I had my doubts, but I also knew that I could just put a Linux distribution on a USB stick and try it out without any commitment. immediately curious again, I did some research but settled on the familiar Linux Mint and wrote it to a spare USB stick. upon booting from USB, I was immediately impressed by how much faster it started up and how much more responsive it was. at this point I remembered I had a spare hard disk in my computer- why not install it there and have it as an option every time I start the computer, even if I stick with Windows most of the time?

as it turned out, I only ever booted back into Windows three or four more times. whatever Windows offered didn't seem worth waiting ten minutes for. I installed Steam and was shocked to find that half of my games were supported- then I was shocked again when I discovered a setting that would allow me to play most of the remaining ones. basically all the software I used on a daily basis was still available. I imported my music library, my documents, my passwords. I set up everything how I wanted and it never felt like the computer was fighting me. it wasn't long before my computer felt like home again.

I don't want to imply that everything has been smooth sailing; the lack of compatibility with my familiar audio production and DJ software is a problem, but I still have Windows 8.1 installed on my laptop for DJing (and nothing else!) and I've been able to make music in Milkytracker and Bitwig, even if it's not what I'm used to. My audio interface works but is not well supported- not all of the inputs are available in my recording software. one or two of my favourite games are not currently playable on Steam. videos on Twitter on Firefox have no audio for some reason. broadly though, the positively vastly outweigh the negatives. it's easy to get used to the new normal and forget that my computer is now faster, more responsive and more stable!

I'm also not naïve enough to suggest that Linux is for everyone- some people may have hardware that's not supported (very new motherboards, odd peripherals, some printers) or require some very specific software that's not supported (some business software, some newer games, the latest and greatest versions of Office and Photoshop, etc.) or simply dislike the experience as a whole. but if the only investment is a USB stick and an open mind, I think it's worth a try. if you're at all interested in moving away from the expensive walled gardens of Office and Adobe, free software alternatives such as LibreOffice and Krita are also available for Windows and Mac- so why not give them a go?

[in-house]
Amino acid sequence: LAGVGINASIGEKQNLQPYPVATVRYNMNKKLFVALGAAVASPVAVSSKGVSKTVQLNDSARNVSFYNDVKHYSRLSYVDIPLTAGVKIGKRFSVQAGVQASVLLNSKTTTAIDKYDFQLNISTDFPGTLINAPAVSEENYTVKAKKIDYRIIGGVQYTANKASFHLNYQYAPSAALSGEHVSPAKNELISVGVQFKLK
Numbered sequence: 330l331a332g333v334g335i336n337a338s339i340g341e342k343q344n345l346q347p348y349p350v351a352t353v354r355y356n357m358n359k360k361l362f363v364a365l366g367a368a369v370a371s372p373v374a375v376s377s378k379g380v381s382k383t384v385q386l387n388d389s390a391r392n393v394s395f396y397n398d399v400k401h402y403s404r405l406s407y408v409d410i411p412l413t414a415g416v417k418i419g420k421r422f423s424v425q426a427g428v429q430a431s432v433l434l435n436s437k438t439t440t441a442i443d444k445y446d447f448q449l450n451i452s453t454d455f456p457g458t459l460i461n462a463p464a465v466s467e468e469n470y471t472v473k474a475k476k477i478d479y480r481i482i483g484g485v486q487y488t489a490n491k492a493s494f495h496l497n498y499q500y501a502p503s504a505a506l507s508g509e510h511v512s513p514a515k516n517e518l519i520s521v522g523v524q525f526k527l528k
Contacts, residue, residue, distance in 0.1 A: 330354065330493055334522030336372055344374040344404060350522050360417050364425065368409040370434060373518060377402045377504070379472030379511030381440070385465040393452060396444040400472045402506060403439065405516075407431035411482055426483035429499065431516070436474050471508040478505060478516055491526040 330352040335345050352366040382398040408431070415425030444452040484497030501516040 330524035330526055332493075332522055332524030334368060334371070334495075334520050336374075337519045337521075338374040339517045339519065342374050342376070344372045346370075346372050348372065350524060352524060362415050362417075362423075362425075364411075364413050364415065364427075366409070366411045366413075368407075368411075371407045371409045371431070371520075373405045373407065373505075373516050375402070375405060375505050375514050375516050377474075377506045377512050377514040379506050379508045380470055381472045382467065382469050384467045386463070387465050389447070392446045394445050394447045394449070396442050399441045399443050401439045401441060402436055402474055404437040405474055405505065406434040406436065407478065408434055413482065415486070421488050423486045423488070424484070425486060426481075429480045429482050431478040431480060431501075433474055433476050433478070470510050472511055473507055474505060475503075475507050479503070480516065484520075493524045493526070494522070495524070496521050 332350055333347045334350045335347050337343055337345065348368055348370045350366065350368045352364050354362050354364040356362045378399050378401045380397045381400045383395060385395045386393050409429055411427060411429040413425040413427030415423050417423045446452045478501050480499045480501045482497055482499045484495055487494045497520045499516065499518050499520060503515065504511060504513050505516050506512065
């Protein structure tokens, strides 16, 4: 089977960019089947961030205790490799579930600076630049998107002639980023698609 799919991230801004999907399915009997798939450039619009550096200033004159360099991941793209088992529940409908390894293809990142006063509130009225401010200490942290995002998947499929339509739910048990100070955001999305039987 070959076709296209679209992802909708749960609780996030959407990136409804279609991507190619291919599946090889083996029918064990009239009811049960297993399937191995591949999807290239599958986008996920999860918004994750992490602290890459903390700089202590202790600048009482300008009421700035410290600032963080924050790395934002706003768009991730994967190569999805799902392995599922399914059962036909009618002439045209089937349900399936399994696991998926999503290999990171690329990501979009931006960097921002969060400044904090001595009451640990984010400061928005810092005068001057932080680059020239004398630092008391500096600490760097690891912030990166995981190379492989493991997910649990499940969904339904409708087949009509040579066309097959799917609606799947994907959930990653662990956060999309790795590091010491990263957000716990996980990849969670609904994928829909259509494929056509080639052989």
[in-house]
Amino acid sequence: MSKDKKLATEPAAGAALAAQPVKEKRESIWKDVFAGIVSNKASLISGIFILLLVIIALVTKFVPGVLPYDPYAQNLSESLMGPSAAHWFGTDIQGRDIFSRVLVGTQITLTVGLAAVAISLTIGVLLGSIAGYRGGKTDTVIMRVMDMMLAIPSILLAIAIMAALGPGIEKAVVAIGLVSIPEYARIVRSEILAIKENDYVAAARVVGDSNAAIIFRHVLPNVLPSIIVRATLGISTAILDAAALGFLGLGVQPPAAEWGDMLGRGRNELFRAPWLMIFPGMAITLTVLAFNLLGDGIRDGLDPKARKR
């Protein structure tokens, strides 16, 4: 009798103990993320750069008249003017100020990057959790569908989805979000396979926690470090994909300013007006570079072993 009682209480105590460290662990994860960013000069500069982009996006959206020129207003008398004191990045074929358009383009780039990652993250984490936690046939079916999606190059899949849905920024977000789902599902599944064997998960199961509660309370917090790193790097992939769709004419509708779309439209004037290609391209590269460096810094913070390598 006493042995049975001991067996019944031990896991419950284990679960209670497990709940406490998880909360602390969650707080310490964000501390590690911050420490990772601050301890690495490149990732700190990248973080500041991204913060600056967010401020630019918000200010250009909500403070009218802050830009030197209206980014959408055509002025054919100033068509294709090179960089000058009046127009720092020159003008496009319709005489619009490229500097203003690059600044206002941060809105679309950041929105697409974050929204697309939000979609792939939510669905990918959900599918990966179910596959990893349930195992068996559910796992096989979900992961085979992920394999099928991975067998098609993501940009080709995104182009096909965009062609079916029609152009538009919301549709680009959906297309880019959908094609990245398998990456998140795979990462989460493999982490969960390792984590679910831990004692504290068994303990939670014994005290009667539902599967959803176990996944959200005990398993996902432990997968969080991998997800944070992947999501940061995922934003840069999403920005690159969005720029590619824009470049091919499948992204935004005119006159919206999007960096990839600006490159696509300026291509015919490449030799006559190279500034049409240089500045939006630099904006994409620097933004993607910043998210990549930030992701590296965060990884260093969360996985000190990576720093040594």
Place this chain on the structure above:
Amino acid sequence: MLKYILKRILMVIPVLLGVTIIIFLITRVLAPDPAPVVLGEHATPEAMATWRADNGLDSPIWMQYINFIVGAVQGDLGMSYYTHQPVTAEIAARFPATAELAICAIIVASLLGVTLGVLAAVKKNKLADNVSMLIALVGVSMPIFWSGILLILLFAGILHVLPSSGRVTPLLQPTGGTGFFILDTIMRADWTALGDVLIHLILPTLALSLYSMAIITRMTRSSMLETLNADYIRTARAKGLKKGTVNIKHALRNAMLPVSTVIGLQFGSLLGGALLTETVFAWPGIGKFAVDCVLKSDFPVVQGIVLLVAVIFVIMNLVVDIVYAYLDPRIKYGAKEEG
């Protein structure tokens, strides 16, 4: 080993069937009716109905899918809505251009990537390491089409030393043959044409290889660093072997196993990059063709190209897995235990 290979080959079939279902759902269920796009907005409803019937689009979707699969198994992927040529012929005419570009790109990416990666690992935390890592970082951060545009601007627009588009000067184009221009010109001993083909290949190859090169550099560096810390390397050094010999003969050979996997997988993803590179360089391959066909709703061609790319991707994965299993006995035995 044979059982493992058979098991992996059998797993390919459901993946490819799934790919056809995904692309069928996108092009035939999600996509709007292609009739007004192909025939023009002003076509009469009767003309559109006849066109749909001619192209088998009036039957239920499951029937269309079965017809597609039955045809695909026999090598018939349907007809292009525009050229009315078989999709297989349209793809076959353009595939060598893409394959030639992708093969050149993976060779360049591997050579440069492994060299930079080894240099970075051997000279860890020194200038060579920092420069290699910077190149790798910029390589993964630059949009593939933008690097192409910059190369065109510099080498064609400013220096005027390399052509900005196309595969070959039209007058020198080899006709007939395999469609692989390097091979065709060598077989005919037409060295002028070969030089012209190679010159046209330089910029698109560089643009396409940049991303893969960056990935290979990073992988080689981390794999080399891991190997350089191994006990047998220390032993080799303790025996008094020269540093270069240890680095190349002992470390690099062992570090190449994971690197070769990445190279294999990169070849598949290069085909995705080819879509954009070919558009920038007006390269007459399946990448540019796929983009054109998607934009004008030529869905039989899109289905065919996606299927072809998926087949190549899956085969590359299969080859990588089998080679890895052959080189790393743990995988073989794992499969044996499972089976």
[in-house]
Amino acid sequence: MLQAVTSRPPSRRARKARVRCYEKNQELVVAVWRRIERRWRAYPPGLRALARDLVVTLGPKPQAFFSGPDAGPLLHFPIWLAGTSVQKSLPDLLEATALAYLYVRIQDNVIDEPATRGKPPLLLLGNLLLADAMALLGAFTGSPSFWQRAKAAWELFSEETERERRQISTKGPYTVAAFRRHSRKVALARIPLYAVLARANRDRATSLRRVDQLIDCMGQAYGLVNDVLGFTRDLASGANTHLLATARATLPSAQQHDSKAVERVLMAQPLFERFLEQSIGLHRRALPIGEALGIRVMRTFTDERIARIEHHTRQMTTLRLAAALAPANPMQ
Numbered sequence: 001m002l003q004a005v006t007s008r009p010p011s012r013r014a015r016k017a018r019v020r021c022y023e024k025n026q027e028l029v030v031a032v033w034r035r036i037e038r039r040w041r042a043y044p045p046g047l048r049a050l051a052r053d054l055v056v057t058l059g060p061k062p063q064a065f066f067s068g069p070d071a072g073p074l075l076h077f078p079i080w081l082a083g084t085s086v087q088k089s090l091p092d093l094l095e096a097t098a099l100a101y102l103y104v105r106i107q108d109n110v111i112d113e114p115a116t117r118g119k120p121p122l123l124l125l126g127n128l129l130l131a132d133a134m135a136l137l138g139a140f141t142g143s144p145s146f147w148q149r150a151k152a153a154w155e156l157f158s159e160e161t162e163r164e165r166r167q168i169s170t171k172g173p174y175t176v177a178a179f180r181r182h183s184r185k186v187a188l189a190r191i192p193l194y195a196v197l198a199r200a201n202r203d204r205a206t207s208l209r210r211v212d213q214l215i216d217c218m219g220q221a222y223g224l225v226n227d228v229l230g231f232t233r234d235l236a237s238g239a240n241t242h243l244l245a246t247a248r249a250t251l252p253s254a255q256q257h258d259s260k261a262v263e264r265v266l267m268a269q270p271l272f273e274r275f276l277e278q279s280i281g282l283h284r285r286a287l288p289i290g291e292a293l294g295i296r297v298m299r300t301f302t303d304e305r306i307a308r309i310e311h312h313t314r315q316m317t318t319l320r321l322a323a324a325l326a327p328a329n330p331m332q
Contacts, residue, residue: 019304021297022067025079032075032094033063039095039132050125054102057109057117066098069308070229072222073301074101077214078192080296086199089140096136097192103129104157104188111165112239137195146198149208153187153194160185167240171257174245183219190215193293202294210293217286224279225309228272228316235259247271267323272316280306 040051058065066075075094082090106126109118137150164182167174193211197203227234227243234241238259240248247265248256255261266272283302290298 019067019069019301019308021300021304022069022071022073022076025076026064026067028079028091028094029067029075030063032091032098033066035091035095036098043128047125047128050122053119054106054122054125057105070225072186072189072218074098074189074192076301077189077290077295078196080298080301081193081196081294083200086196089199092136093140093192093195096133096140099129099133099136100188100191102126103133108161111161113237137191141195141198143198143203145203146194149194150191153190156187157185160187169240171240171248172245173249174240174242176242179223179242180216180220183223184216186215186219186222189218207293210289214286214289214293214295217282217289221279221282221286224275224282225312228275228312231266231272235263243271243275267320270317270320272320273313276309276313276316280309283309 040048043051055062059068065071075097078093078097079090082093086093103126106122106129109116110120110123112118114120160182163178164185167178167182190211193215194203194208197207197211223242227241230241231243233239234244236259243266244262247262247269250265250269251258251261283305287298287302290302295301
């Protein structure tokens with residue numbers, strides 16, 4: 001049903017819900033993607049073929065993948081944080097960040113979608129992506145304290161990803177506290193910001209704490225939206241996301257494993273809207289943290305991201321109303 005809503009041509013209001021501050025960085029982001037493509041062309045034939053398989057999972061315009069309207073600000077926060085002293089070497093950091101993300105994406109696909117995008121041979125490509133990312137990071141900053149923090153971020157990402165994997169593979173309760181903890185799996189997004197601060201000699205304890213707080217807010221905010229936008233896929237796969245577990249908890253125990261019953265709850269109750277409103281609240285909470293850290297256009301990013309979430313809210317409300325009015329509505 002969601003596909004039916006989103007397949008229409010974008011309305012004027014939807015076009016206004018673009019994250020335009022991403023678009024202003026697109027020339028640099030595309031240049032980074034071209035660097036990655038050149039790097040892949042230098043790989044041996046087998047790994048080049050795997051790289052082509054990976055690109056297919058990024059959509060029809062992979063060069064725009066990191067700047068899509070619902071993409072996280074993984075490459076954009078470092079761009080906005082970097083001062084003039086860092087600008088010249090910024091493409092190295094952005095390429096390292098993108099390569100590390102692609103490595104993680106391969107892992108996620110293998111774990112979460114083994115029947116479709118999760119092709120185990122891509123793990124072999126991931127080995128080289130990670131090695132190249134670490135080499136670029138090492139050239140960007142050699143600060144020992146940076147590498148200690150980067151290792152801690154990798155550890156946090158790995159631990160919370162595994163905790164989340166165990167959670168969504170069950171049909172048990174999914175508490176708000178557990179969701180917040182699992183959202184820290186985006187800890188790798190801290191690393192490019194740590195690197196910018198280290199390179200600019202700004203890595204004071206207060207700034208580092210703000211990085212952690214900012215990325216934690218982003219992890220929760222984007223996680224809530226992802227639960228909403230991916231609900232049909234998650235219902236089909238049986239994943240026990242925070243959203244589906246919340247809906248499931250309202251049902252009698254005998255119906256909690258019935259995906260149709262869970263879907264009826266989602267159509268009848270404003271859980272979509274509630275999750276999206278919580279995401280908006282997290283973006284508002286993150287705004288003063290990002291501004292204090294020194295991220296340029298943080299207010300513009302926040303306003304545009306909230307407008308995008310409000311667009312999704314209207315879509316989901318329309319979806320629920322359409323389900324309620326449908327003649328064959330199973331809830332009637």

I'm incredibly pleased that my computer feels like new even though it's a decade old. far too often we find excuses to throw gadgets away and it's often unnecessary. I don't want to imply that keeping old hardware running is 100% “green”– an older computer is less energy-efficient for example- but modern computers are being used to run increasingly inefficient software anyway, and the environmental cost of manufacturing new hardware is not trivial either.

I feel there's a class antagonism going on with tech's increasingly short upgrade cycle and the pervasiveness of planned obsolescence. be a first-class citizen and buy a brand new £2500 Macbook Pro every couple of years. be a second-class citizen and buy a brand new £300 Windows laptop every few years when creeping unnecessary Windows updates render your computer too sluggish to deal with. be a third-class citizen and struggle on with an “obsolete” computer, risking threats such as ransomware and identity theft. and let's not forget those who have no internet access and struggle to access necessary services. one of the things we can do to help each other under late capitalism is to fix each other's tech if we're able!

one year ago, a friend joked to me “2019 is the year of the linux desktop”. at the time I didn't know this was a running joke – poking fun at Linux's continued inability to gain market share for over 25 years – but for me it rang true. if that makes me the butt of a joke, that's fine by me- I'm still smiling.

serves 4 prep approx. 10 min cooking approx. 45 min

for the cajun seasoning:

  • smoked paprika
  • cayenne pepper
  • oregano
  • thyme
  • white pepper
  • black pepper

for the jambalaya:

  • approx. 1 tbsp of the aforementioned cajun seasoning
  • 1 medium to large casserole dish or cooking pot
  • neutral oil e.g. rapeseed oil
  • 1 or 2 packs of your favourite vegan meat substitute, ideally smoky sausage/bacon etc.
  • 1 onion, 1 pepper and 2-3 stalks of celery, diced finely
  • 1 tbsp tomato purée
  • 2-6 garlic cloves (depending on your tastes), minced/diced/puréed
  • 1 cheap but flavourful beer
  • 400g tin of tomatoes
  • 1 pint of vegetable stock
  • 2 cups of long grain white rice
  • salt to taste
  • 1 spring onion, thinly sliced (optional)

to make the seasoning, mix equal quantities of the herbs and spices- or adjust to your liking.